So the hamstring group works eccentrically at maximum speed of contraction, alternated with relaxation and simultaneously running more than 11 meters per second and fatigue setting in. This may cause problems of the biceps since it long and short head are innervated from two different segments and they have to be synchronized perfectly. At the other hand looking at the fiber composition of the semitendinosus and semimembranosus, they contain more slow twitch fibers than the biceps femoris and they may have problems contracting and relaxing at that very high rate and with that high eccentric forces acting.

And of course herein lies why most preventive exercises don’t really work, because they do not train the hamstring specificically to work eccentrically at high velocities with a high frequency!
Static stretching does not prepare for this kind of load, nor do concentric leg curls in an exercise machine do that!
Looking at team sports: a prognosis of hamstring injuries is more difficult than in track, only since there is unanticipated bodily contact and many other factors to consider.

We can predict hamstring problems, but it’s not easy, with the use of EMG. One of my mentors, developed a simple and practical method to detect the risk of hamstring injuries.

The only and, as far as I am concerned. best solution is to prevent hamstring injuries by three important factors:
1. a set of simple specific preventive exercises that I developed throughout the years, for sprinters but also to be used for team players I used to work with some of the world’s best soccer players as well.

2. testing with EMG on a regular base, especially the athletes or players that have a history of hamstring problems or are vulnerable for hamstring problems.

3. working with the Omegawave system, some parameters especially related to fatigue of both nervous systems (ANS and CNS) were a great help in avoiding the dangerous form of fatigue, which lead to an increased risk of injuries. The ”famous” CNS fatigue is now detectable and it obviously can lead to disturbances in coordinating the hamstring activity at speed and high intensity fatigue. Research has shown that the status of the CNS has a strong relation with injuries in general. In other words, make sure that the CNS is well-rested or optimally charged before engaging in maximum intensity and maximum quality workouts like sprinting.

I am not too fond of the many preventive therapies that are used in the US since I really cannot see US athletes being significantly less injured than athletes from other countries in the same event, as a matter of fact, but I haven’t seen the numbers, I think it is even worse. Ask any former East-Block athlete, who despite the high performance level and the sometimes primitive training facilities seem to suffer a lot less from injuries. I have been observing them and their coaches for a long period of time. And what always surprised me was the low frequency of injuries despite the hard work they did. They spent a lot of time on decent recovery and therapy after injury, but there weren’t three or four therapists around them on the track.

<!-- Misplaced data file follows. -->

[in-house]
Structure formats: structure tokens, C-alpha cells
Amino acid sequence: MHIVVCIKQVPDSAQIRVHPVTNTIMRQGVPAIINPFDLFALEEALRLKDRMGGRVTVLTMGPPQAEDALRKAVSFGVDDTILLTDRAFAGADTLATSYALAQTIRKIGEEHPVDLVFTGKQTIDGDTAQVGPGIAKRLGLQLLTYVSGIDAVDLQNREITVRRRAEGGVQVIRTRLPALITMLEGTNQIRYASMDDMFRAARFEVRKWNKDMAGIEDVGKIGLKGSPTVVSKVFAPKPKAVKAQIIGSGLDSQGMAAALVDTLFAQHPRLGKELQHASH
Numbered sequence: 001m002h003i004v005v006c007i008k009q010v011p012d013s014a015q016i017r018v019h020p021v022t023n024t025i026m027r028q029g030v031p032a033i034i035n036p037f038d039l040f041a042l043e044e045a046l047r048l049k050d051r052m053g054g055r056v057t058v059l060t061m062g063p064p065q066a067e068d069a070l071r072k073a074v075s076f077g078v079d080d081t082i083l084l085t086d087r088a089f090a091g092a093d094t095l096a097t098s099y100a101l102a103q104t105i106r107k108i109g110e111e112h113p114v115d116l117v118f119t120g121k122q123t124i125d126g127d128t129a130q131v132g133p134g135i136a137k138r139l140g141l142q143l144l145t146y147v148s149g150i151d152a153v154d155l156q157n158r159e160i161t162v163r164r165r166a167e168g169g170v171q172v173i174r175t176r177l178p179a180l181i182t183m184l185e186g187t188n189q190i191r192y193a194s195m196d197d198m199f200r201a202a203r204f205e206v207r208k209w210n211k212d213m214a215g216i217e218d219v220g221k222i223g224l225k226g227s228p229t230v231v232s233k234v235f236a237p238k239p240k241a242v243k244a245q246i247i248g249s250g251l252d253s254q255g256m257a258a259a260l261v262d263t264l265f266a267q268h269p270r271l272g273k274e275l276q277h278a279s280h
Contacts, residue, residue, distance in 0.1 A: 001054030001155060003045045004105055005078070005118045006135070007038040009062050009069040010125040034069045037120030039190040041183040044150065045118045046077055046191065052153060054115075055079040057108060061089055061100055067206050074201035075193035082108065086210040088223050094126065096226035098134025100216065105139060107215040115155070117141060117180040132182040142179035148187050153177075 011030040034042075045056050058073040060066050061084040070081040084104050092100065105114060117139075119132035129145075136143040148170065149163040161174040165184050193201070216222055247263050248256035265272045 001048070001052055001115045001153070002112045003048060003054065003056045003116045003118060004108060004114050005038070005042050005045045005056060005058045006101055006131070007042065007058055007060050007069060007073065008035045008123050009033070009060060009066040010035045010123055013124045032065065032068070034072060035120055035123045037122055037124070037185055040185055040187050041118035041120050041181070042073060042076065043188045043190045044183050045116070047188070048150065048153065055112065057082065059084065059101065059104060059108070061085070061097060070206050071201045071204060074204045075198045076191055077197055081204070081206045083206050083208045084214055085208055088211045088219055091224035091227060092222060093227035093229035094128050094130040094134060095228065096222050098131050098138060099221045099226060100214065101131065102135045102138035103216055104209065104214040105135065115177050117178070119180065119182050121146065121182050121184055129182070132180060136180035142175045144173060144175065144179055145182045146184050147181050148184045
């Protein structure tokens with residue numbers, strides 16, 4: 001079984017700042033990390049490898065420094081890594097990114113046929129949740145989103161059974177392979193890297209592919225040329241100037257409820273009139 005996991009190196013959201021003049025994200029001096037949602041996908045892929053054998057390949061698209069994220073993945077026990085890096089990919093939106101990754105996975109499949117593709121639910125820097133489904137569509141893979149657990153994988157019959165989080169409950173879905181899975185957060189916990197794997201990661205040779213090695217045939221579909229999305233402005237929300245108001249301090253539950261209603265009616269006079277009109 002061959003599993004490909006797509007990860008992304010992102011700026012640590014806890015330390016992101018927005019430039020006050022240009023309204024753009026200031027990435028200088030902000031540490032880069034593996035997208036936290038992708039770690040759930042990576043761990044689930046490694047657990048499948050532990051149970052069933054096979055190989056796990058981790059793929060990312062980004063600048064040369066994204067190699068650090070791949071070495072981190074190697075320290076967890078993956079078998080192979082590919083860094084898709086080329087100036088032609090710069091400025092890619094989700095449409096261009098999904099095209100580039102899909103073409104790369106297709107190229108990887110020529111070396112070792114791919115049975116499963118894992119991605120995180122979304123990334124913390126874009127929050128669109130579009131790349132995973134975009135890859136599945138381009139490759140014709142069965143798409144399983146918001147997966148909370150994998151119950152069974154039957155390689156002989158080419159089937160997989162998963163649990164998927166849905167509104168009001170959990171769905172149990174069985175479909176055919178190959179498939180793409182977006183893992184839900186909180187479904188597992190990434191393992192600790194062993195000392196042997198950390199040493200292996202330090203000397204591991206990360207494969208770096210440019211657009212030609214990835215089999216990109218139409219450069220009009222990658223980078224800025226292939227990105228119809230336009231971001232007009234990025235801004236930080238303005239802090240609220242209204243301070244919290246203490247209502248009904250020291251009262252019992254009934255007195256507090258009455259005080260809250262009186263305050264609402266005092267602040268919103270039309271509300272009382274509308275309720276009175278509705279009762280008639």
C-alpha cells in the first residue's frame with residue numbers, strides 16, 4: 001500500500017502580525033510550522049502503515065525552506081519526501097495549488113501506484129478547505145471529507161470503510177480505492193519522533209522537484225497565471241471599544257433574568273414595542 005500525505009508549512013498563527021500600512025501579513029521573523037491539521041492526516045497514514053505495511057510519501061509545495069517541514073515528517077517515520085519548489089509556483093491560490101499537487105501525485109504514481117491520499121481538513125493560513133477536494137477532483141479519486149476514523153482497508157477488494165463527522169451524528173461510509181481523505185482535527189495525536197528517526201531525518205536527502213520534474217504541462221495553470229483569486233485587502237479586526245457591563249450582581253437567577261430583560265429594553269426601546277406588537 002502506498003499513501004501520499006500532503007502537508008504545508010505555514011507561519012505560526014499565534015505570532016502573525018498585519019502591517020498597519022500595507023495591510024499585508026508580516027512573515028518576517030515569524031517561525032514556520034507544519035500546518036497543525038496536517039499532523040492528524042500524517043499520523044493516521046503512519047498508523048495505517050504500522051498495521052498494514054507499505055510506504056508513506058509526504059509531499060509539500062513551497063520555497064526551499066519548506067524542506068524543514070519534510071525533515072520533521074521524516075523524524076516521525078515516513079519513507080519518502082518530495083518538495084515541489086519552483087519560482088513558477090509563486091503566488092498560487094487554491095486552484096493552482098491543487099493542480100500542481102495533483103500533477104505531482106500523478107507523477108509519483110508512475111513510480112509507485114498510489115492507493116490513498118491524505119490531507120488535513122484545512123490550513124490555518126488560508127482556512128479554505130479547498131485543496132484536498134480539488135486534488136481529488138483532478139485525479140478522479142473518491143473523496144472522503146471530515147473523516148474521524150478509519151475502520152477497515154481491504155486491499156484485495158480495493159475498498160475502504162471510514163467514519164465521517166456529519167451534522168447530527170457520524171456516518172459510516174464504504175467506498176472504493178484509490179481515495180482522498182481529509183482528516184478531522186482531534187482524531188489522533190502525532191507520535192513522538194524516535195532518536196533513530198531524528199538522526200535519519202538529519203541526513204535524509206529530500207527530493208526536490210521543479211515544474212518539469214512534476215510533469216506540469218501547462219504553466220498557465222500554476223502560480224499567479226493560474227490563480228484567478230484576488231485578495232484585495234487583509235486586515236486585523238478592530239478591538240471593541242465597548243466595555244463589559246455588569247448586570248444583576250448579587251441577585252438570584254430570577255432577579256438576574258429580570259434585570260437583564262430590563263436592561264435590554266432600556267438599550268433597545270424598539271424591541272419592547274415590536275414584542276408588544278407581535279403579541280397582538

About Henk Kraaijenhof

My name is Henk Kraaijenhof and I started this blog as a random collection of concepts, ideas, stories and events that are important or interesting to me in my work as an international performance consultant in a wide range of fields, and sometimes outside of my work. I will try to post a new entry every 3-4 days. Feel free to comment if you like.
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6 Responses to A hamstring story

  1. JC says:

    “most preventive exercises don’t really work, because they do not train the hamstring specific to work eccentrically at high velocities with a high frequency!”

    “1. a set of simple specific preventive exercises that I developed throughout the years”

    Can you expand on these specific exersises please? When are they implemented in the program/workout?

  2. David Maris says:

    Hi Henk,

    I’d be interested to learn more about what you observed being coached to Eastern-Bloc athletes if you have time to expand a little.

    Thanks,

    David.

  3. kevin says:

    Hi Henk,
    I would also be interested in your response to “JC” question if you got a chance.
    Cheers,
    Kevin

  4. Mike says:

    Also interested in your “set of simple specific preventive exercises” for hamstrings. Have definitely used the 10% rule with great success with such exercises as sled pulls and weight vests.

  5. Ashley Mort says:

    I’m also interested in your exercises along with several other posters here.

  6. Martin Beastall says:

    Very informative, many thanks for posting and as per comments above would like to read about your specific preventative exercises.